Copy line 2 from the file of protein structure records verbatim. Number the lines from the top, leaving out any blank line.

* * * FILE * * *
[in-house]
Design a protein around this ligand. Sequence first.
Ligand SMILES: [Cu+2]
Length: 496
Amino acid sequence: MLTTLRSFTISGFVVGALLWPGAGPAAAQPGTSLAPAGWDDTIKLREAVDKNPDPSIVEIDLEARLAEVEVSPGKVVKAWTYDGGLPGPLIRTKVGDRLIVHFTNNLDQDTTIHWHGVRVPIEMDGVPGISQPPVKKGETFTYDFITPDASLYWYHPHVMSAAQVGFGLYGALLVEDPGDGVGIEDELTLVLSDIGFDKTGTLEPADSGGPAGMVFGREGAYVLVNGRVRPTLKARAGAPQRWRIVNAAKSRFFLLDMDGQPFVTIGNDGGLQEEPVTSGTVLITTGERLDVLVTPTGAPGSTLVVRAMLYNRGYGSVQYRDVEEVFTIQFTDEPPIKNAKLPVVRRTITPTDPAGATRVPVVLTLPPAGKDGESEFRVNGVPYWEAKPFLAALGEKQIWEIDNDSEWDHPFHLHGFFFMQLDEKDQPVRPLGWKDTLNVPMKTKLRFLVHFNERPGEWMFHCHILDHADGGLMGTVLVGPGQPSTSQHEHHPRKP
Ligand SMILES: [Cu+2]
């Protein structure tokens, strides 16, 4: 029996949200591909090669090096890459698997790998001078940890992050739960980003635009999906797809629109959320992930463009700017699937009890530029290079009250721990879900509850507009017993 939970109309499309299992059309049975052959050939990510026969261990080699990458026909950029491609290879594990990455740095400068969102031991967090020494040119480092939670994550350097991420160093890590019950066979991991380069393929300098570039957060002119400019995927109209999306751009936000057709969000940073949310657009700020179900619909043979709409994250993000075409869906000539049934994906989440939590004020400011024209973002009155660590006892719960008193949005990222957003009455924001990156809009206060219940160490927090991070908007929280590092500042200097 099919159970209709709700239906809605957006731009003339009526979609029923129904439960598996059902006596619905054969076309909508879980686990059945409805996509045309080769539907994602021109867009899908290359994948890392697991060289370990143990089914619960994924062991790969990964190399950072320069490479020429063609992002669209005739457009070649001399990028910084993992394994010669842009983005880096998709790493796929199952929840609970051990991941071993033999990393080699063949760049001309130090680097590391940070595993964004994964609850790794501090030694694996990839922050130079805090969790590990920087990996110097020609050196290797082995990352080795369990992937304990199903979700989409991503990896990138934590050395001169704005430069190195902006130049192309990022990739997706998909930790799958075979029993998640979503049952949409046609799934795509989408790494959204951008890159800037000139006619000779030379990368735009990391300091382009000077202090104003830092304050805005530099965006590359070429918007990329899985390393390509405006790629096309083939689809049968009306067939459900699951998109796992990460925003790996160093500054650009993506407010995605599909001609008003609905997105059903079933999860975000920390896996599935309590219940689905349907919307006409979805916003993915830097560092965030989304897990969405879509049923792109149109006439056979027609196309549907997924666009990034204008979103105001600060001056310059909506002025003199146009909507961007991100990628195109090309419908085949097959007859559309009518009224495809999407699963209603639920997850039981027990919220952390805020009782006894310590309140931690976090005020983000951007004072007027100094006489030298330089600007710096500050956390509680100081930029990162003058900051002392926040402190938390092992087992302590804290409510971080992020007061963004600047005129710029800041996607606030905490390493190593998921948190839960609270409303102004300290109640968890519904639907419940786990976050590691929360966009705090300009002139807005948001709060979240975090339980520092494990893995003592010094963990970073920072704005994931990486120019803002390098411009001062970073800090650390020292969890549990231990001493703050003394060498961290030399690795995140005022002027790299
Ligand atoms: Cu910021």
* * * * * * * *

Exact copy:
Design a protein around this ligand. Sequence first.